Nature’s medicine: mental health and the garden
As the trickle of media reports on gardening at the start of the pandemic became a flood there was one recurring theme throughout - gardening is good for your emotional and physical health. But is this really true?
Testament to the healing powers of the garden is the way in which gardening is being adopted in a number of clinical care settings for patients.
One such facility is the garden at the day centre run by the child psychiatry service at CHL in Strassen.
Head of the multi-disciplinary service and one of the driving forces behind the project, Dr Jean-François Vervier, advises that the day centre welcomes young children from 5 to 11 years old with significant impairments in their development related to communication, relationships and thinking.
I caught up with key workers Serge Schmol and Rachel Tirbisch at the unit’s garden to find out more.
Schmol advises that many of their patients have "a poor relationship to reality, integration difficulties and learning disorders".
"The intensity of their disorders, the consequences on their development and the risk of social and educational exclusion justify intensive and multidisciplinary long-term care of between one to two years," he adds.
Offering care in this way allows the unit to provide tailor-made support to small groups of five children.
The unit aims to enable each child to express themselves in a variety of ways whilst providing the opportunity to get to "know themselves" through different mediums. Part of their approach includes giving the children access to a garden and the opportunity to do some gardening itself.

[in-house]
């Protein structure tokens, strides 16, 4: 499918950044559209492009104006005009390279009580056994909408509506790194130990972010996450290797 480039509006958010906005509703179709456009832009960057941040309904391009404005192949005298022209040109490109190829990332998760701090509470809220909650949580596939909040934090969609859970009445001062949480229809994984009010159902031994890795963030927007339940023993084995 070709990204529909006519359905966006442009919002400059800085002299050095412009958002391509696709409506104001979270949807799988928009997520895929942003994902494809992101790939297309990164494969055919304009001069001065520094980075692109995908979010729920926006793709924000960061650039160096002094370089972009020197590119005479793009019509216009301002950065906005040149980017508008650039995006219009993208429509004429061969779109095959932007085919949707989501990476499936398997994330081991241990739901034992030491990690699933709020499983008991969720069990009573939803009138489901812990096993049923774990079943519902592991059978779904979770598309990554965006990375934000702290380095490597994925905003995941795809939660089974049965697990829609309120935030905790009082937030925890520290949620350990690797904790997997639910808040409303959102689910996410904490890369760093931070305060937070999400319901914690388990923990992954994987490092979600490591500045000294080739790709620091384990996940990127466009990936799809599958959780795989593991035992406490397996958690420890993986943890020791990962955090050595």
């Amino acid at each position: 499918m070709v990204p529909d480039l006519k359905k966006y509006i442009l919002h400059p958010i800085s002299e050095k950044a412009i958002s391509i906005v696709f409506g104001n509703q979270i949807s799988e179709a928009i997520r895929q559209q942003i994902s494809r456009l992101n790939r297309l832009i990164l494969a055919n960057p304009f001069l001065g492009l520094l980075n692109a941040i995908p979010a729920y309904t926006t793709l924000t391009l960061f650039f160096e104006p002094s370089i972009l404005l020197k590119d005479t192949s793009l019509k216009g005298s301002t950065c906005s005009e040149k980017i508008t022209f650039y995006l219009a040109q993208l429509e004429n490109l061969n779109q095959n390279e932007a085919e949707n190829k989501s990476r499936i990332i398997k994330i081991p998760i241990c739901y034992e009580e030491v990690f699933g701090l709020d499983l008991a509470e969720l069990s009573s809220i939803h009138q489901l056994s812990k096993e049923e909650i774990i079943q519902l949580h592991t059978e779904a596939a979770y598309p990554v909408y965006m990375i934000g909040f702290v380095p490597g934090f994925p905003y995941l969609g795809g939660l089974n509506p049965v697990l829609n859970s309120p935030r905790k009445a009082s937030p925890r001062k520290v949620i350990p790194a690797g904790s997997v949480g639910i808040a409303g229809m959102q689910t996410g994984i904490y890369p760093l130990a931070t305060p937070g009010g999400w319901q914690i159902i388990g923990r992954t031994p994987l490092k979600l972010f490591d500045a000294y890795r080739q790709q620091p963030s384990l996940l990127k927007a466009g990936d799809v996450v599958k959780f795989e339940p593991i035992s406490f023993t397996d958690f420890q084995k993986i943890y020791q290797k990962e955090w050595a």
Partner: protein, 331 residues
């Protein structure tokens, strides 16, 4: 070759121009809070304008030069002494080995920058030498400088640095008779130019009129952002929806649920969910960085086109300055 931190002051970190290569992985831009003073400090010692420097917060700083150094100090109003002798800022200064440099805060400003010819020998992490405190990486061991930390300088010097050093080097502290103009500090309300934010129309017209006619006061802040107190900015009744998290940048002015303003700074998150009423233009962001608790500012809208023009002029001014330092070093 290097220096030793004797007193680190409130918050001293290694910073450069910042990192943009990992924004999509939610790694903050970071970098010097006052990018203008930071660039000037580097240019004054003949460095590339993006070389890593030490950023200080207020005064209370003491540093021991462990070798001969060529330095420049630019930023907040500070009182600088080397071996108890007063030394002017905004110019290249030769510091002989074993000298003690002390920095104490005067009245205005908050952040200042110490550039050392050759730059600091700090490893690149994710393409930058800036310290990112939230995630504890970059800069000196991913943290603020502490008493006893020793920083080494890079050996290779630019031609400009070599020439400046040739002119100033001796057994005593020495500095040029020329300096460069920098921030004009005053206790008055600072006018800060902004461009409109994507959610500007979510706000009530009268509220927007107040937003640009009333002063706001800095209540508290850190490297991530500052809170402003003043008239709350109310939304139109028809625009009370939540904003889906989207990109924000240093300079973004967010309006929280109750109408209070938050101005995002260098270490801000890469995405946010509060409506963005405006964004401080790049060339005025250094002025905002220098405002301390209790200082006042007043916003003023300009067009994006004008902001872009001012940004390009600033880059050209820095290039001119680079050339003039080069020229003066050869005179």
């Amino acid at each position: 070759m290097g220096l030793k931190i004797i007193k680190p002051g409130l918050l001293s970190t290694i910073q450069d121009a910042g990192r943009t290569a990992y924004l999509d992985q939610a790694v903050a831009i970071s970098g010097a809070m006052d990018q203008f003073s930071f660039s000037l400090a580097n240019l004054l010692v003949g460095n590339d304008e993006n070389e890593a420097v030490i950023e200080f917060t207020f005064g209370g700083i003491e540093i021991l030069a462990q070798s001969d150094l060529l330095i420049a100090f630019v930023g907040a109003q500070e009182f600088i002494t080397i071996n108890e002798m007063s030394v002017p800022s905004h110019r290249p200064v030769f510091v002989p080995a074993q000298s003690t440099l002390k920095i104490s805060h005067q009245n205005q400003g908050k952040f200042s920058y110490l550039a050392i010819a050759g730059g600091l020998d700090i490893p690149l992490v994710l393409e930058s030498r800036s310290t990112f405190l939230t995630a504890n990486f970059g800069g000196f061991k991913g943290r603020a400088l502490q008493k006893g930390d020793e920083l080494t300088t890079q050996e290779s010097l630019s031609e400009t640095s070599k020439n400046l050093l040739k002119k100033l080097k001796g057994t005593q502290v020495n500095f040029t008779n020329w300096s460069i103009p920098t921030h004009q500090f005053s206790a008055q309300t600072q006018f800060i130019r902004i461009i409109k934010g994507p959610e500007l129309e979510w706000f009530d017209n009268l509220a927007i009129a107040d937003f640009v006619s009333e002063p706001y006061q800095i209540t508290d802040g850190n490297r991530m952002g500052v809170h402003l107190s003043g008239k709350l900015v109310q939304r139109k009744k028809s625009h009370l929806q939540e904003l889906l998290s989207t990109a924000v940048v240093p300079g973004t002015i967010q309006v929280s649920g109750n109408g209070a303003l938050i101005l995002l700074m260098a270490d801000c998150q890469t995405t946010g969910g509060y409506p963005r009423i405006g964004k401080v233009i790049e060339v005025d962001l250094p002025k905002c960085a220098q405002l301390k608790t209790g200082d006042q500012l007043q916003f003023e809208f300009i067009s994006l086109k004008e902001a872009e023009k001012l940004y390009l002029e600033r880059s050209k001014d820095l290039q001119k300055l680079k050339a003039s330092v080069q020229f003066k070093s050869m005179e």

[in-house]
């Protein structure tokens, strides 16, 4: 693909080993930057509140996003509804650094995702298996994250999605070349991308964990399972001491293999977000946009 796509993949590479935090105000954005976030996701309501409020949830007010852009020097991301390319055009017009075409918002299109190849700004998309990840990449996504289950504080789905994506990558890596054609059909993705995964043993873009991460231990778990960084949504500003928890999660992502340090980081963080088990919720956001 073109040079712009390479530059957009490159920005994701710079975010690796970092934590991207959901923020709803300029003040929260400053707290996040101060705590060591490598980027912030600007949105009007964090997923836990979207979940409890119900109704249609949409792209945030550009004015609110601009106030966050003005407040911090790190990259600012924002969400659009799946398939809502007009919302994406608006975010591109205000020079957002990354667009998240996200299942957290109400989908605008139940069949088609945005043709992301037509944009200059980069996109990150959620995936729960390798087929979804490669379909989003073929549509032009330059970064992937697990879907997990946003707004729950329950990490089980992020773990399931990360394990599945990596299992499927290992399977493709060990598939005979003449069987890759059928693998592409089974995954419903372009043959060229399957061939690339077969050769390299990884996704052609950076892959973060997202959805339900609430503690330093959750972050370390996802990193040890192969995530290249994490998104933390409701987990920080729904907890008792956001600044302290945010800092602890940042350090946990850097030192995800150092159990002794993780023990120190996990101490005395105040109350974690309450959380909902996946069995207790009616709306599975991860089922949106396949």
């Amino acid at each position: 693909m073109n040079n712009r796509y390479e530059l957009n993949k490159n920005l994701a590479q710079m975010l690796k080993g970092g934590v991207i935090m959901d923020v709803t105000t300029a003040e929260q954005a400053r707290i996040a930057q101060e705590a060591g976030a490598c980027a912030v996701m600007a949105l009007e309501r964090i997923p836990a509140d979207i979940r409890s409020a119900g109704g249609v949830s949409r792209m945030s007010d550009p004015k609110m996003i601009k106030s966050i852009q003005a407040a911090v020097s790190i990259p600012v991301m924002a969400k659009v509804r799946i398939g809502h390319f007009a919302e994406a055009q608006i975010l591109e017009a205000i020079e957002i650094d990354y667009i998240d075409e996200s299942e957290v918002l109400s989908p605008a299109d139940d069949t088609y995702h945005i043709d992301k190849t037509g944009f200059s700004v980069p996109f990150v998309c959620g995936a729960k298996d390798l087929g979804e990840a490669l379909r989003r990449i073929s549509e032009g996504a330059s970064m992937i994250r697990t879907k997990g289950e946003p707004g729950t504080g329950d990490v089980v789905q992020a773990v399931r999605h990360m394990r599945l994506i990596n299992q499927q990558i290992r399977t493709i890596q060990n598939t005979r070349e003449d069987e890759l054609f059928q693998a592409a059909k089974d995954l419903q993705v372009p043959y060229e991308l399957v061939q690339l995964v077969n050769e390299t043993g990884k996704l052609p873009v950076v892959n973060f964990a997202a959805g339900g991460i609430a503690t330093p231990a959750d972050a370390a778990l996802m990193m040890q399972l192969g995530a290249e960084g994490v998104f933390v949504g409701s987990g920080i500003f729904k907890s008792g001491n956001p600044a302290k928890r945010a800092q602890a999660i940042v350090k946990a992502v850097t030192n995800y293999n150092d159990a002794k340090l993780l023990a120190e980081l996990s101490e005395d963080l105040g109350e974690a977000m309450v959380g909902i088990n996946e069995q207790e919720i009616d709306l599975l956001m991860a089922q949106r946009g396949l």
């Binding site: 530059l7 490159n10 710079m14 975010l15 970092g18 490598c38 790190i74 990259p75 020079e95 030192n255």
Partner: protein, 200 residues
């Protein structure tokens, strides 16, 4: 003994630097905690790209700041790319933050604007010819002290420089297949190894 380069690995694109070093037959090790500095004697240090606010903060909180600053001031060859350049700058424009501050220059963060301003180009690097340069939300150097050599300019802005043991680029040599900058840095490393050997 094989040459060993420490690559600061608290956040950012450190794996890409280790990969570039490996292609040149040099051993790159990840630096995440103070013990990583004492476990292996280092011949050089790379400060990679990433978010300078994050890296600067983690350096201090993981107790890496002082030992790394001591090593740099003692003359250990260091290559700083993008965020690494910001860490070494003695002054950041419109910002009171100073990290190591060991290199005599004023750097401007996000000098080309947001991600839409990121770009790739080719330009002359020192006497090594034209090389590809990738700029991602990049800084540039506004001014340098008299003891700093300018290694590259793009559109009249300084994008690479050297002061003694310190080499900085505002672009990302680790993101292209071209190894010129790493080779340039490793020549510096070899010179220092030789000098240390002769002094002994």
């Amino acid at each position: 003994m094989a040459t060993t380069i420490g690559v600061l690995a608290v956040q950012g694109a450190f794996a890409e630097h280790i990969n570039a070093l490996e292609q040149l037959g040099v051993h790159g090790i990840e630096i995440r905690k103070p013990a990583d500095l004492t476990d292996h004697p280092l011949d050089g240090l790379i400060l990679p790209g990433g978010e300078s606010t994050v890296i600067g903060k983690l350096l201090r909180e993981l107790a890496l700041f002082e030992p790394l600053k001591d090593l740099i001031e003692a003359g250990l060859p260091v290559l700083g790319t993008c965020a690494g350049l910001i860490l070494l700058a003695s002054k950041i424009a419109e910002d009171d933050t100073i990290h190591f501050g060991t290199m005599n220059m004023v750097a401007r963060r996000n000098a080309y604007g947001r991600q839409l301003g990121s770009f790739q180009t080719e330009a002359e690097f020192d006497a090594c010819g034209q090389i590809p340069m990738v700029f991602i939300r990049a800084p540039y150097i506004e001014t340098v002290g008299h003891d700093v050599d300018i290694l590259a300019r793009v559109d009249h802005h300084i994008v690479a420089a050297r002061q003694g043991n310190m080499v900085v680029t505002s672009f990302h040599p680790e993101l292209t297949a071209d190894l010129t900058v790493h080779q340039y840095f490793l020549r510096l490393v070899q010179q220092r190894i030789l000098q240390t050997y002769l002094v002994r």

The Secret Garden
Finding a plot in the vicinity for gardening proved a challenge. The psychiatric day centre is located in a family sized house opposite the CHL hospital in Luxembourg.
With distinct family rooms, the space allows for separate activities to take place indoors. Yet, initially, there was no outdoor provision for the children.
Staff were aware, Schmol explains, that "children need space, areas where they can run, where they can make explorations - explorations they cannot do indoors." So the idea of a garden as an outdoor therapeutic space grew.
In their quest to find an outdoor area, Tirbisch explains that staff from the unit tentatively explored the surroundings at the Centre Hospitalier.
First they discovered a track that led to a small forest nearby. Lined with hedgerows, it was difficult to discover what was hiding behind them. Initially they noticed goats in the fields and stopped to talk to their owner who let the children feed them and then... they discovered the gardens.
"Bam!" says Schmol, "that was the start, the first piece of the domino that made us investigate the possibilities of having a garden of our own for the children."
The Therapeutic Garden
Each allotment garden is managed by the Gaart an Heem gardening organisation in Rollingergrund. Once the organisation began to enlarge the spaces on offer it was possible for the day centre team to procure a plot of their own.
Both Schmol’s and Tirbisch’s enthusiasm for the project is infectious. They feel that gardening is a discipline that gives each child "the opportunity to live constructive and sometimes corrective emotional, psychic and relational experiences."
Having a plot to garden enables the children to gain a better grasp of time; orienting them within the seasons and giving them the opportunity to observe how fast or slow food is produced.